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2 July 2018

The Global Creative Hive Comes Together at Cannes Lions 2018

Consumer Trends & Insight, Entertainment

Edelman Deportivo’s Mattias Ronge reflects on judging the PR Lions at this year’s festival.

Photo credit: Cannes Lions International Festival of Creativity

Going into Cannes there wasn’t a clear winner this year like there had been in previous year’s – think Like A Girl or Meet Graham. This created a level playing field for all of the campaigns, making the margins of reaching even just the shortlist smaller.

As a juror this year, one of my main observations was that it is increasingly apparent that the global creative community does not consist of different countries working in silos. It is much more of a hive working together – which we saw a lot of this year.

Today, most creative agencies would agree on the importance of being culturally relevant in our approach. We are becoming obsessed with big topics and current trends and are using creativity to bring our clients and brands in to conversations around topics and trends that already have huge levels of engagement.

For example, in Cannes we saw a number of campaigns addressing the state of our oceans. We saw the impactful image of the dead whale from Greenpeace, made entirely of plastic waste. We saw Value of Nature, where the great barrier reef foundation for the first time put a price tag on the reef, to compare its financial benefits with a planned coal mining project. Strawless Ocean #StopSucking from Lonely Whale Foundation was another one. And of course the PR Lions Grand Prix Winner, Trash Isles from Lad Bible, which looked at plastic pollution in the oceans from a perspective that everyone would recognise, the perspective of a country, making us feel the problems of the ‘plastic island’ as if we were the citizens.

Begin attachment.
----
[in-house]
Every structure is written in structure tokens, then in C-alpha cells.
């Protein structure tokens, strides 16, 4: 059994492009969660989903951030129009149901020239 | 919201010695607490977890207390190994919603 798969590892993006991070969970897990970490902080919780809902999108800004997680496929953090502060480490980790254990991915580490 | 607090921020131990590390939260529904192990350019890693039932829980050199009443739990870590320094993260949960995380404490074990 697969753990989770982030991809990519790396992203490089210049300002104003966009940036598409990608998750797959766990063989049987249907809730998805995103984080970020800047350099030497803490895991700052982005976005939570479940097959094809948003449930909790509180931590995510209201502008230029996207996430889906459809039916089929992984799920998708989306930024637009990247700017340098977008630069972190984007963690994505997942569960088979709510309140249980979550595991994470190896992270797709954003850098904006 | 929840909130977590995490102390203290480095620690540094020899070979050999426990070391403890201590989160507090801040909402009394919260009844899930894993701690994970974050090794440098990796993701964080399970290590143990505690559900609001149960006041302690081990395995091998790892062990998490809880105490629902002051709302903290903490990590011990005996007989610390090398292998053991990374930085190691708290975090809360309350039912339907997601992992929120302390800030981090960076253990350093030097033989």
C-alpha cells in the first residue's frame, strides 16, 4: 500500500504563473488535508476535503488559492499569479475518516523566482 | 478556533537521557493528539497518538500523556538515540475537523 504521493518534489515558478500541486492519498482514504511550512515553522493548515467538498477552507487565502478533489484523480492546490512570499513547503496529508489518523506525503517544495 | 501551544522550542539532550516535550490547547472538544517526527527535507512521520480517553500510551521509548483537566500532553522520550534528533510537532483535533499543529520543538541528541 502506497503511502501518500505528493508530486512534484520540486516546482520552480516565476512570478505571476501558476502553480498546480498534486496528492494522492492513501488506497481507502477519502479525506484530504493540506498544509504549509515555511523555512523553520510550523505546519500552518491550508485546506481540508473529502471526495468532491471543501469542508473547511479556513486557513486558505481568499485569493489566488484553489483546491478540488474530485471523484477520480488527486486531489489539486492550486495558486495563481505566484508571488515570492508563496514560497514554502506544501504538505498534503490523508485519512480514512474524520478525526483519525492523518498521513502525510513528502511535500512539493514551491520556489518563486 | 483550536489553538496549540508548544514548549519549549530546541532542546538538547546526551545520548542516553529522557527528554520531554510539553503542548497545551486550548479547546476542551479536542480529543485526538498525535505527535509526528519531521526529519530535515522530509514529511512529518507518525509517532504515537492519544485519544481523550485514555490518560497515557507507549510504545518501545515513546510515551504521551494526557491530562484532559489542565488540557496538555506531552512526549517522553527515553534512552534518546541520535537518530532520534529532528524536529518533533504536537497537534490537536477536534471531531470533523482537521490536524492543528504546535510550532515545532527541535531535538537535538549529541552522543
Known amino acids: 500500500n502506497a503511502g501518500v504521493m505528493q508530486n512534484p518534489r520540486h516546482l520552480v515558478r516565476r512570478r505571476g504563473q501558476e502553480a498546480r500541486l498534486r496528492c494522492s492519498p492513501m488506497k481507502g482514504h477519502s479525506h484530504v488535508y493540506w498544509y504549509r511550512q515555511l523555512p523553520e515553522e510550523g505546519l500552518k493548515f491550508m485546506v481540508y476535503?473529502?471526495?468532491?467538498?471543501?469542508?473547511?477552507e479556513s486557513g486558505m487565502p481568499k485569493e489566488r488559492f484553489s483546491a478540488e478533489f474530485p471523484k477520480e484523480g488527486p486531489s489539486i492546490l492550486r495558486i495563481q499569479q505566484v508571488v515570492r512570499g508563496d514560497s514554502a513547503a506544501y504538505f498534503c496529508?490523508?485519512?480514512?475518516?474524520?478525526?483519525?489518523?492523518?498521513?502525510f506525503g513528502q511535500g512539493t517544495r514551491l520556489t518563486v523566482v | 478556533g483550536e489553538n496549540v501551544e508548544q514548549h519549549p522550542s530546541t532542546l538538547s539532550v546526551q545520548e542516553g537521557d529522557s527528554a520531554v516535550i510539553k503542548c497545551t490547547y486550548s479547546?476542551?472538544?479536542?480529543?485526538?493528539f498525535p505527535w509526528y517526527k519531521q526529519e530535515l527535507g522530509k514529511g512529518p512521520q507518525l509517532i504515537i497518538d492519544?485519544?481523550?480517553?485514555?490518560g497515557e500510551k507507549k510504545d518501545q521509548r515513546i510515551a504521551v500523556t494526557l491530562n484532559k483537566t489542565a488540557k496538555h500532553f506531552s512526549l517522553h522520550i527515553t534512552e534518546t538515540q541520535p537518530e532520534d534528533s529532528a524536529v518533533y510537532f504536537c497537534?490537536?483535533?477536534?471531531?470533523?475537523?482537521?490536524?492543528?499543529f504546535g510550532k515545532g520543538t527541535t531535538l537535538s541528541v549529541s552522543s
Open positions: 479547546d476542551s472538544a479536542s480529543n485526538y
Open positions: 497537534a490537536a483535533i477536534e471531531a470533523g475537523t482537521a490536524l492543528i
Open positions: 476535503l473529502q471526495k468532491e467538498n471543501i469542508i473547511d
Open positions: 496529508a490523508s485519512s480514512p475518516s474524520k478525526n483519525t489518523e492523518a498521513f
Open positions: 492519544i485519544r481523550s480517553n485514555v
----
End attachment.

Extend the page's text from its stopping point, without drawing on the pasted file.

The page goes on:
And these were just a few of the campaigns addressing the pollution in our oceans. It is quite powerful to see what can happen when creatives from different places, with different insights and solutions, tackle the same globally and culturally relevant problems.

Another topic that – in the era of fake news – found its way to the creatives hearts and minds was the protection of the free word. We saw lots of creative work highlighting this with my own favourite being the Uncensored Playlist from Reporters without Borders which disguised uncensored news to pop songs to bypass repressive regimes.

Most of the gold winning work we awarded in the PR Lions was from brands. But at the same time, a large number were connected to some kind of purpose. Like when Budweiser in a period of clean water shortage, decided to adapt their factory to put water in their cans instead of beer. Or like when Coke in Brazil took the homophobic expression that Coke is a Fanta, and actually made Coke cans with Fanta inside in support of the LGBTQ community.

In the year ahead, I think we will see other important issues being tapped into by the global creative hive. I think that we will increasingly see a streamlining of these big topics being used as fuel for creative execution, so lots of campaigns will be trying to raise awareness and solutions for the same problems. This could result in it becoming even harder to feel completely unique, so it’s our job as creatives to make sure we’re continually questioning our ideas and striving for originality.

With that in mind, here are my five cents after sitting on the PR Lions jury for those creatives who want to win gold next year in Cannes and really want to make their campaign stand out and feel unique.

 Clarity – make sure there is no confusion in the story you’re trying to tell. Remember the jury is from all over the world.

– Boldness – in insight, idea, execution. And make sure that boldness has a relevant brand voice.

– Results – Did the campaign do what it was designed to do or something else?

– Longevity – did you make an impact beyond the campaign?

– Uniqueness – remember that all creatives have the same sources as you do. Be different enough

A version of this post first appeared on Little Black Book

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